Recent weeks have brought many glad tidings for the Long Island wine region, and that's good news for the entire North Fork — for our local economy, our quality of life, and even for our property-tax bills.
First, the May issue of Wine Spectator featured the region in its very complimentary cover story.
Last month, New York Times wine critic Eric Asimov turned his attention to Long Island wines in his column "The Pour." In his column titled "On Long Island, a Case for Respect," Mr. Asimov had very good things indeed to say about local vintages.
Now, the influential Wine Advocate newsletter has reviewed Long Island wines in its current issue. And the news is all good. Long Island wineries, particularly Jamesport Vineyards and Paumanok Vineyards right here in little old Riverhead, got very high marks. (See story, page 20.)
The Wine Advocate reviewer said he will revisit the region to sample the 2005 vintage — the product of a growing season thought to be the best ever here on Long Island. Continued coverage of the region by The Wine Advocate, which mentioned Long Island wines only once before, seven years ago, can only mean one thing: The Long Island wine region has arrived. As Kareem Massoud of Paumanok Vineyards in Aquebogue noted, there will probably be two eras in the Long Island wine industry: the time before the Wine Advocate reviews in 2006 and the time after.
Why should you care — even if you don't drink wine? Long Island wineries are central players — if not the central players — in our evolving North Fork economy.
The success of Long Island as a wine region has a direct bearing on our quality of life on the North Fork. Look around. Those acres and acres planted in grapes, stretching out before you as far as the eye can see in some places? Envision acres and acres of single-family homes dotting the landscape, because were it not for the success of our fledgling wine region, that's probably what you'd be looking at. And you'd be paying for the costs associated with that kind of development — more kids in schools, cars on the roads, and a greater demand for police and emergency services.
Many moons ago, as a Riverhead town councilwoman considering zoning initiatives aimed at preserving farmland, I was told (repeatedly) by Long Island Farm Bureau executive director Joe Gergela: "The best way to preserve farmland is to preserve farming." He was, obviously, correct. We grappled with that concept and with each other. Farm Bureau asked government to get and stay out of the way — something vineyard owners I'm sure would agree with today, 20 years later.
While we were arguing these points in Town Hall, people like the Hargraves (Hargrave Vineyards in Cutchogue, Long Island's first), Massouds (Paumanok Vineyards in Aquebogue) and Goerlers (Jamesport Vineyards) were planting grapes, tending their vines and experimenting. As a result of their efforts, the idea of a Long Island wine region took root — and grew. People in government are still debating how best to preserve farmland, but the vineyard owners — they've done it.
The way of life we enjoy on the North Fork — its rural character and beauty — is directly dependent on the continued growth, development and success of the Long Island wine region. This is not to minimize the importance of other agricultural pursuits in these parts, of course. But a dominant feature of the agricultural and economic landscape on the North Fork is the vineyard.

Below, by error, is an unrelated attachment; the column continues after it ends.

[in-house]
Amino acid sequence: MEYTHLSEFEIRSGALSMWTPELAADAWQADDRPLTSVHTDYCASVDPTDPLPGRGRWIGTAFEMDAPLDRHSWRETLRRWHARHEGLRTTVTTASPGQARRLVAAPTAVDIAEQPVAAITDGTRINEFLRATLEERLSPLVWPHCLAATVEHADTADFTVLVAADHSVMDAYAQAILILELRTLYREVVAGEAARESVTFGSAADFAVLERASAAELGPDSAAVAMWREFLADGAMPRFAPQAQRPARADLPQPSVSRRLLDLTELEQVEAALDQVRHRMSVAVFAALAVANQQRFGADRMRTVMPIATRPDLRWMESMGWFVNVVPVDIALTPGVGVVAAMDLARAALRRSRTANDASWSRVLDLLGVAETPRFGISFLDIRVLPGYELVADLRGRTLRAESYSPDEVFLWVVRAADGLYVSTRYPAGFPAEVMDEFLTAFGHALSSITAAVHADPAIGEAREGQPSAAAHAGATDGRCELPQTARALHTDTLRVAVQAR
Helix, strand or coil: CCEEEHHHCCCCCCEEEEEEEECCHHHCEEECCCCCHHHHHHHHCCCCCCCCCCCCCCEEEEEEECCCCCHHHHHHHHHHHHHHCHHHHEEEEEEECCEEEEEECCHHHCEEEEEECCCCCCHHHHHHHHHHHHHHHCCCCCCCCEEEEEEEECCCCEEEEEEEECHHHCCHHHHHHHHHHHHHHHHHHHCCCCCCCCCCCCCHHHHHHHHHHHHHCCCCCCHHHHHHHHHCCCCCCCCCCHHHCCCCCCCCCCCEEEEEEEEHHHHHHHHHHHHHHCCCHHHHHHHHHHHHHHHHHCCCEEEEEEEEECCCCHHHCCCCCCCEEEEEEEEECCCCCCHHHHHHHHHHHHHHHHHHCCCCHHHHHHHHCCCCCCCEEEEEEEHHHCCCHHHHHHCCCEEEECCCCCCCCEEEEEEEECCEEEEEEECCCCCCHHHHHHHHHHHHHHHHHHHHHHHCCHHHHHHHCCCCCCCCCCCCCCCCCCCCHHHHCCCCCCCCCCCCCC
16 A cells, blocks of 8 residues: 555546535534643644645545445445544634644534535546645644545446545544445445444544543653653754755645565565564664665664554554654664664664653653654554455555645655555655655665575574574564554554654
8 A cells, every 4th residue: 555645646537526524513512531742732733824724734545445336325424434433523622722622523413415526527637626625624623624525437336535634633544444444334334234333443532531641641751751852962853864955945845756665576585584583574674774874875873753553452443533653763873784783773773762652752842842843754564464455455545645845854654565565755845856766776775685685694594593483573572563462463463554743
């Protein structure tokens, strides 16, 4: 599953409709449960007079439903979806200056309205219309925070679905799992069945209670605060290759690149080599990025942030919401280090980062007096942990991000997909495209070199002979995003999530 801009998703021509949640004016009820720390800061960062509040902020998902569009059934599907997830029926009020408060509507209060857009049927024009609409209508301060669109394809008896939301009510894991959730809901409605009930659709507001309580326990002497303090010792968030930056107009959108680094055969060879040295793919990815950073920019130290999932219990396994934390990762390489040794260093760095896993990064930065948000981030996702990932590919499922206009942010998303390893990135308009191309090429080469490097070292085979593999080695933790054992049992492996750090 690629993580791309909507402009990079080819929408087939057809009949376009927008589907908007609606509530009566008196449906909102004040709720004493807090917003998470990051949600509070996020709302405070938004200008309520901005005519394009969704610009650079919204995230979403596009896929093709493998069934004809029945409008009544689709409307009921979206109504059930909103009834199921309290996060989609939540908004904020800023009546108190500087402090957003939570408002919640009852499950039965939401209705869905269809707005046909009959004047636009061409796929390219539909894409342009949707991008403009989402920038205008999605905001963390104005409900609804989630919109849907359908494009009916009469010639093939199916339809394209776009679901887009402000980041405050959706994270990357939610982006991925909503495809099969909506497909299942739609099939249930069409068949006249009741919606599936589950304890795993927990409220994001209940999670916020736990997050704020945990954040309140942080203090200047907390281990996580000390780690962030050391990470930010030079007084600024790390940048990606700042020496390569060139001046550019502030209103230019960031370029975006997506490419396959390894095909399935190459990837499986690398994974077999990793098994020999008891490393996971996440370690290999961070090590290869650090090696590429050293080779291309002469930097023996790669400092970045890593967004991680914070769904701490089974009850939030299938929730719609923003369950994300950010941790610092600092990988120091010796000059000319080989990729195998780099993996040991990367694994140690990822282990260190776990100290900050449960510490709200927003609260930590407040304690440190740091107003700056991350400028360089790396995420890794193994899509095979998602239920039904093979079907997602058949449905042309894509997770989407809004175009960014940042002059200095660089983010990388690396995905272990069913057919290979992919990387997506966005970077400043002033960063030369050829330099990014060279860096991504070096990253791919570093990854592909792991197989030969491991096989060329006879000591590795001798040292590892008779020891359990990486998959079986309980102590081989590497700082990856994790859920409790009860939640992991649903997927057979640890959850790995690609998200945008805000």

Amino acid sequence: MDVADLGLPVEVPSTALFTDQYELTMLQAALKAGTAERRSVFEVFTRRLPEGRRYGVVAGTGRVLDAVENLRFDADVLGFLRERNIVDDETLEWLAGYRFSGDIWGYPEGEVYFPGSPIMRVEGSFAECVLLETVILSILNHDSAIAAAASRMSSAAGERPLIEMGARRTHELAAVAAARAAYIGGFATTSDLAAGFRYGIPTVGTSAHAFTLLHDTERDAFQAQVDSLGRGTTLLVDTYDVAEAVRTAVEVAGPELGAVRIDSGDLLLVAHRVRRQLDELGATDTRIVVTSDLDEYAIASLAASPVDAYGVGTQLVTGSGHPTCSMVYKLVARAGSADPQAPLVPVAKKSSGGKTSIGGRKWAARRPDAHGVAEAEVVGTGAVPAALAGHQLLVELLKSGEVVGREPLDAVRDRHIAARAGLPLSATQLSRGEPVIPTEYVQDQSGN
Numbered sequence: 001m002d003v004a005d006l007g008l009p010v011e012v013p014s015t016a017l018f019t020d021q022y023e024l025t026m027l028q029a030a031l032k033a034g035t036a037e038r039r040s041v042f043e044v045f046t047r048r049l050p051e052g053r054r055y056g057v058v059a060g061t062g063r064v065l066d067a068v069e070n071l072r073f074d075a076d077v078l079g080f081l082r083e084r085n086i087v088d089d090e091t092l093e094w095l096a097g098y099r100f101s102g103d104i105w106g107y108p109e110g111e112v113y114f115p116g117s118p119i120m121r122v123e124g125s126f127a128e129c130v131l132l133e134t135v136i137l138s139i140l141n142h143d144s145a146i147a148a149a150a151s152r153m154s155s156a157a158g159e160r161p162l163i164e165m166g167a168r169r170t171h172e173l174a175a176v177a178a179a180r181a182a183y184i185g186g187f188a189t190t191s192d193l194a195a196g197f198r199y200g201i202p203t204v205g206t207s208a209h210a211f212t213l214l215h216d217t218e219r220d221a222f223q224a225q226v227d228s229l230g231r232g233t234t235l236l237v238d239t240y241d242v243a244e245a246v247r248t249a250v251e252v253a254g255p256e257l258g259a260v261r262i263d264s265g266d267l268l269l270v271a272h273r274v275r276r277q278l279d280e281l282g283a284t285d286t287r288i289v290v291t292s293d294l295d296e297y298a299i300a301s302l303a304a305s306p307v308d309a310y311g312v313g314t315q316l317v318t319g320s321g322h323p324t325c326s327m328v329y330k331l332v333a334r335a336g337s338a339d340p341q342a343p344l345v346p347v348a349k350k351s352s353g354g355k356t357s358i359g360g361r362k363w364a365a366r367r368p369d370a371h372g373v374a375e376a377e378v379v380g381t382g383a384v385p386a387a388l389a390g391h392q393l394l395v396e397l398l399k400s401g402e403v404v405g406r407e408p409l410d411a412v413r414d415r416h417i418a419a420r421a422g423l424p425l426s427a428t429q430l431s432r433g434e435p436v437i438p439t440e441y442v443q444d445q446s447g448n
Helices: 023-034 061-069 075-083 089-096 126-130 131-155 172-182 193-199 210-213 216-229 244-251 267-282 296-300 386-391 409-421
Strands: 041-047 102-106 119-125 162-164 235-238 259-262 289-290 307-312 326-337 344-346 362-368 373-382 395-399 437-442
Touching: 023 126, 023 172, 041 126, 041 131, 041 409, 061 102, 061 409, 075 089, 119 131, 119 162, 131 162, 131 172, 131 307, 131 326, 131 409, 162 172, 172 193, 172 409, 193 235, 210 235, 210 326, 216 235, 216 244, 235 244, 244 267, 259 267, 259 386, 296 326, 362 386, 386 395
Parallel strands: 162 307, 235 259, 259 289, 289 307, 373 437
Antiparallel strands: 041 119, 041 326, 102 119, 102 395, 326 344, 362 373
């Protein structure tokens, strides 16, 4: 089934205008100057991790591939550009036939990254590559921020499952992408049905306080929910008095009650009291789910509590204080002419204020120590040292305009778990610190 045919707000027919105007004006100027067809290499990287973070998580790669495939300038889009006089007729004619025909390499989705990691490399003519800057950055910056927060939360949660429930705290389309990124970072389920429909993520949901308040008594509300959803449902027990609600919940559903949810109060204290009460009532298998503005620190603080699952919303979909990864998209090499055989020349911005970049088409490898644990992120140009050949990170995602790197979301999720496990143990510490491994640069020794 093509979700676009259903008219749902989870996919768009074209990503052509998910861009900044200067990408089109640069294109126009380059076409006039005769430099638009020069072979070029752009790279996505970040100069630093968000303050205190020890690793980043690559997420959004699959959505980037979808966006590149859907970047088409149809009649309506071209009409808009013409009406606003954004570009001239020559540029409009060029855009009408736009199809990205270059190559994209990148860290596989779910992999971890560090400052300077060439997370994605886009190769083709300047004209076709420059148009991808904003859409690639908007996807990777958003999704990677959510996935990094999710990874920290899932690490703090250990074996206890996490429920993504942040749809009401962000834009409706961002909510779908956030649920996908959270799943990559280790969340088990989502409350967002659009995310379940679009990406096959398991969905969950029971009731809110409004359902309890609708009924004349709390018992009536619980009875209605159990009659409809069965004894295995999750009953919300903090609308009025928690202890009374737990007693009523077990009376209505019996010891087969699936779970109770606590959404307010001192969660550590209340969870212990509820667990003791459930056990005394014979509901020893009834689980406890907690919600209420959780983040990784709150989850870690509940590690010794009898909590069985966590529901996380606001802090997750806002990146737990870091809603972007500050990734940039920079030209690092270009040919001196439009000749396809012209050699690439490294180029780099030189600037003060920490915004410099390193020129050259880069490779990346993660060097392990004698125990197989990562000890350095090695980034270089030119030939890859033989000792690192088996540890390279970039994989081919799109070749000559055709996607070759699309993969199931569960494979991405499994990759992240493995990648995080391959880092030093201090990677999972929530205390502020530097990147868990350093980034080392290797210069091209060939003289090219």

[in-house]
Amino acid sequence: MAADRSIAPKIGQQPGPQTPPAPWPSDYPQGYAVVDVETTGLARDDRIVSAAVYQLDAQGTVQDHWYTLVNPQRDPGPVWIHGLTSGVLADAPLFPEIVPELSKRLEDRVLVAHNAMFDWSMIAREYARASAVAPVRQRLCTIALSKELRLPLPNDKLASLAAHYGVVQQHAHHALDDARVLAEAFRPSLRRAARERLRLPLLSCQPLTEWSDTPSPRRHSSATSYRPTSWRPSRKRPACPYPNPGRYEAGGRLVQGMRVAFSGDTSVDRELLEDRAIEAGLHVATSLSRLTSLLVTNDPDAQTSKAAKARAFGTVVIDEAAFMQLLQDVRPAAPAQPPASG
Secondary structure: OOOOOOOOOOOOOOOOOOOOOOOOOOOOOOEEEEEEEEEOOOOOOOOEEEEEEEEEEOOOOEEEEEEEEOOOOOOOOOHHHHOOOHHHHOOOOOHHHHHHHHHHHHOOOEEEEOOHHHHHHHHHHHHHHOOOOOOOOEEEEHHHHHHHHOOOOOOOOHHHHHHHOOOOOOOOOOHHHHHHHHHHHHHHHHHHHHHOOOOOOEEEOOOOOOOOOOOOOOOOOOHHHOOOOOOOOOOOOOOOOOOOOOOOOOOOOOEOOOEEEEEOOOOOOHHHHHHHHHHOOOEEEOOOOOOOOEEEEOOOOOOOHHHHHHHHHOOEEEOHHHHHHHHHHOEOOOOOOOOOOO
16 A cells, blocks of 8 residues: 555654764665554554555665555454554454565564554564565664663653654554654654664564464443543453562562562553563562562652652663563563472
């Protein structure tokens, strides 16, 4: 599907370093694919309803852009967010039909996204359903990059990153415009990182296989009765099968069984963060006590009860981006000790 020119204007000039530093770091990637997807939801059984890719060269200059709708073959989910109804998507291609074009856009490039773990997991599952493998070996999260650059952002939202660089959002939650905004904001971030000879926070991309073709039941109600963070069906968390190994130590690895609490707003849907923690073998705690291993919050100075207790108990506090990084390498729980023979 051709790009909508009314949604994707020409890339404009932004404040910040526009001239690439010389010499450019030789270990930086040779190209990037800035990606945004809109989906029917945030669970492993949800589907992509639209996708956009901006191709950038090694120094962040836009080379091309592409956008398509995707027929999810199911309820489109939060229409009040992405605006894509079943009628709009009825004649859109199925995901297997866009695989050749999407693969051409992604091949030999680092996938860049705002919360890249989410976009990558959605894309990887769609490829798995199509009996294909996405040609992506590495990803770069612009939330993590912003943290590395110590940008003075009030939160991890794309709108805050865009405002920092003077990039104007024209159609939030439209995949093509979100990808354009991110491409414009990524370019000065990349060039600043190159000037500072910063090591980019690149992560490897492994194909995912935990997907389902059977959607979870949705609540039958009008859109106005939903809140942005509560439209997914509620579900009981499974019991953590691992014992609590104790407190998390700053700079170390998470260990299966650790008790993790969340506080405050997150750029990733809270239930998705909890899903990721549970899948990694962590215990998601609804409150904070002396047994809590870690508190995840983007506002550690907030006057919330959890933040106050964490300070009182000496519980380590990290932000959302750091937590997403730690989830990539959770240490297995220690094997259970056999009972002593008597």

If you appreciate the North Fork as it is, you have, in my opinion, an obligation to support the Long Island wine region. What does that mean?
First and foremost, if you drink wine, drink Long Island wine. There's a local wine — a really good local wine, as Mr. Asimov pointed out in his column last week — for every taste and purpose. You may be able to pick up a cheaper bottle of wine imported from France or California, but then you're shipping your dollars out of town, instead of supporting your local economy and your own quality of life. If a local wine costs $5 more, think of it as a direct investment in local farmland preservation. I'd rather pay a little more for a bottle of fine local wine to preserve local farmland than pay higher property taxes for the services required by all the houses that'll be built where the vineyards once were. Wouldn't you?
Ask for Long Island wine in restaurants, especially local restaurants, but ask for them wherever you go. Patronize local restaurants that have Long Island wines on their wine lists — and let the restaurant staff know you appreciate their local wine list and dine there, in part, because of it.
Visit the wineries, and take your visiting friends and family on a tour. I did this last summer for the first time in a very long time and it was a great deal of fun. Visiting wineries is also educational, and to really appreciate wine and the region we're living in, it's essential to learn something about them.
And don't be intimidated. I still can't quite pick up all the subtle flavors that wine experts detect in a glass of wine. But that's never detracted from my enjoyment.
Pick up a free copy of The Long Island Wine Press, the official guide to Long Island Wine Country published by Times/Review. In it you'll find a comprehensive guide to all the vineyards in our wine region, with a full-color map and articles that will help you get the most out of visiting the vineyards and enjoying local wines. We publish Wine Press — as a joint venture with the Long Island Wine Council — because we recognize the importance of our emerging wine region to everyone who calls this beautiful corner of the world home.
Ms. Civiletti invites you to join a discussion of this topic at civiletti.blogspot.com. Her e-mail address is email@example.com.